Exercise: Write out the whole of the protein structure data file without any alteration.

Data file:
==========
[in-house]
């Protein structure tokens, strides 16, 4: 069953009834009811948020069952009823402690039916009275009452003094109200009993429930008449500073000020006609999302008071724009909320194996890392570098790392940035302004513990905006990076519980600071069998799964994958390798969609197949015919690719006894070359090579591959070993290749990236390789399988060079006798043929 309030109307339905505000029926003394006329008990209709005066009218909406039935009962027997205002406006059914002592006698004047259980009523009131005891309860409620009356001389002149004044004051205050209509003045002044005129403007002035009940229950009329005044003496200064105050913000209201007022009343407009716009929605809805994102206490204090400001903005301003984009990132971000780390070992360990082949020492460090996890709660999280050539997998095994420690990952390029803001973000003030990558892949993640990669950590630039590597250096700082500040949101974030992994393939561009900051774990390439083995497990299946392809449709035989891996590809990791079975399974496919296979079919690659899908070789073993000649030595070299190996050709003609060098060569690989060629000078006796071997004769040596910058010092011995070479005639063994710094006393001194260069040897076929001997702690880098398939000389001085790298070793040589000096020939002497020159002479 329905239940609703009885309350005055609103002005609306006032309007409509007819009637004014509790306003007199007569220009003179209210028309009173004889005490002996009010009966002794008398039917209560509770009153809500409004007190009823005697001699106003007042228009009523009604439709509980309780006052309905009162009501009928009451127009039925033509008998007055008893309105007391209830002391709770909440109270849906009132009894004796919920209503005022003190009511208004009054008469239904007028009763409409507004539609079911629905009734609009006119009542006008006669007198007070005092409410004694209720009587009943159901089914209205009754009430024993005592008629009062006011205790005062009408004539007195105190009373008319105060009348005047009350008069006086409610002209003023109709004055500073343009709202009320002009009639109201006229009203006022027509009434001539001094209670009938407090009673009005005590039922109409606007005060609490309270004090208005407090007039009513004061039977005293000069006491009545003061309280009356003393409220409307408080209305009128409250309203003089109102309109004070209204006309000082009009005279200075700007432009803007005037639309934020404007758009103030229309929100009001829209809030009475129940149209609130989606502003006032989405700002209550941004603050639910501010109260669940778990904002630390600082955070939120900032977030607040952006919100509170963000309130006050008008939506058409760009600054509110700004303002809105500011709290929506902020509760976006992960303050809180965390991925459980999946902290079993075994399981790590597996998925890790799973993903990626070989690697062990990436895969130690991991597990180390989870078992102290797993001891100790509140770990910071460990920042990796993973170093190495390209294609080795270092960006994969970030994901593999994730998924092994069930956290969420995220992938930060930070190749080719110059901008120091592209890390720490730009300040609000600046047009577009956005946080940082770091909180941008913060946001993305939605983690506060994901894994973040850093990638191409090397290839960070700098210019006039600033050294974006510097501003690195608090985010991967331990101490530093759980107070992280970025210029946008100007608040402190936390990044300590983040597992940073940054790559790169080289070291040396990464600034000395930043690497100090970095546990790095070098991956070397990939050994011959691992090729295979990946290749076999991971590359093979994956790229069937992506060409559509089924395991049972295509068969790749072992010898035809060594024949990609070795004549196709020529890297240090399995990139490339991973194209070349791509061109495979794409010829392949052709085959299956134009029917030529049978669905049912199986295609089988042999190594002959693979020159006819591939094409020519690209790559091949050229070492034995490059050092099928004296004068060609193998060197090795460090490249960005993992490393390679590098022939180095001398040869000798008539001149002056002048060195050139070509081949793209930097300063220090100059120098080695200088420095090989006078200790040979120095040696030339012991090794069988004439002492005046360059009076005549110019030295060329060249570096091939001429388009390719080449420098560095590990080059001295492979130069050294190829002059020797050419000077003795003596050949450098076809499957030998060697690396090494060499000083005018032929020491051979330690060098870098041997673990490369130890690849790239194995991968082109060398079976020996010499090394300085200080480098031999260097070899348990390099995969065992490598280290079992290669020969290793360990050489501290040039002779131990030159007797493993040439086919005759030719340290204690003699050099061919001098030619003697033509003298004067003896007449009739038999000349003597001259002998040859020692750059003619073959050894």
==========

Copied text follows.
[in-house]
């Protein structure tokens, strides 16, 4: 069953009834009811948020069952009823402690039916009275009452003094109200009993429930008449500073000020006609999302008071724009909320194996890392570098790392940035302004513990905006990076519980600071069998799964994958390798969609197949015919690719006894070359090579591959070993290749990236390789399988060079006798043929 309030109307339905505000029926003394006329008990209709005066009218909406039935009962027997205002406006059914002592006698004047259980009523009131005891309860409620009356001389002149004044004051205050209509003045002044005129403007002035009940229950009329005044003496200064105050913000209201007022009343407009716009929605809805994102206490204090400001903005301003984009990132971000780390070992360990082949020492460090996890709660999280050539997998095994420690990952390029803001973000003030990558892949993640990669950590630039590597250096700082500040949101974030992994393939561009900051774990390439083995497990299946392809449709035989891996590809990791079975399974496919296979079919690659899908070789073993000649030595070299190996050709003609060098060569690989060629000078006796071997004769040596910058010092011995070479005639063994710094006393001194260069040897076929001997702690880098398939000389001085790298070793040589000096020939002497020159002479 329905239940609703009885309350005055609103002005609306006032309007409509007819009637004014509790306003007199007569220009003179209210028309009173004889005490002996009010009966002794008398039917209560509770009153809500409004007190009823005697001699106003007042228009009523009604439709509980309780006052309905009162009501009928009451127009039925033509008998007055008893309105007391209830002391709770909440109270849906009132009894004796919920209503005022003190009511208004009054008469239904007028009763409409507004539609079911629905009734609009006119009542006008006669007198007070005092409410004694209720009587009943159901089914209205009754009430024993005592008629009062006011205790005062009408004539007195105190009373008319105060009348005047009350008069006086409610002209003023109709004055500073343009709202009320002009009639109201006229009203006022027509009434001539001094209670009938407090009673009005005590039922109409606007005060609490309270004090208005407090007039009513004061039977005293000069006491009545003061309280009356003393409220409307408080209305009128409250309203003089109102309109004070209204006309000082009009005279200075700007432009803007005037639309934020404007758009103030229309929100009001829209809030009475129940149209609130989606502003006032989405700002209550941004603050639910501010109260669940778990904002630390600082955070939120900032977030607040952006919100509170963000309130006050008008939506058409760009600054509110700004303002809105500011709290929506902020509760976006992960303050809180965390991925459980999946902290079993075994399981790590597996998925890790799973993903990626070989690697062990990436895969130690991991597990180390989870078992102290797993001891100790509140770990910071460990920042990796993973170093190495390209294609080795270092960006994969970030994901593999994730998924092994069930956290969420995220992938930060930070190749080719110059901008120091592209890390720490730009300040609000600046047009577009956005946080940082770091909180941008913060946001993305939605983690506060994901894994973040850093990638191409090397290839960070700098210019006039600033050294974006510097501003690195608090985010991967331990101490530093759980107070992280970025210029946008100007608040402190936390990044300590983040597992940073940054790559790169080289070291040396990464600034000395930043690497100090970095546990790095070098991956070397990939050994011959691992090729295979990946290749076999991971590359093979994956790229069937992506060409559509089924395991049972295509068969790749072992010898035809060594024949990609070795004549196709020529890297240090399995990139490339991973194209070349791509061109495979794409010829392949052709085959299956134009029917030529049978669905049912199986295609089988042999190594002959693979020159006819591939094409020519690209790559091949050229070492034995490059050092099928004296004068060609193998060197090795460090490249960005993992490393390679590098022939180095001398040869000798008539001149002056002048060195050139070509081949793209930097300063220090100059120098080695200088420095090989006078200790040979120095040696030339012991090794069988004439002492005046360059009076005549110019030295060329060249570096091939001429388009390719080449420098560095590990080059001295492979130069050294190829002059020797050419000077003795003596050949450098076809499957030998060697690396090494060499000083005018032929020491051979330690060098870098041997673990490369130890690849790239194995991968082109060398079976020996010499090394300085200080480098031999260097070899348990390099995969065992490598280290079992290669020969290793360990050489501290040039002779131990030159007797493993040439086919005759030719340290204690003699050099061919001098030619003697033509003298004067003896007449009739038999000349003597001259002998040859020692750059003619073959050894």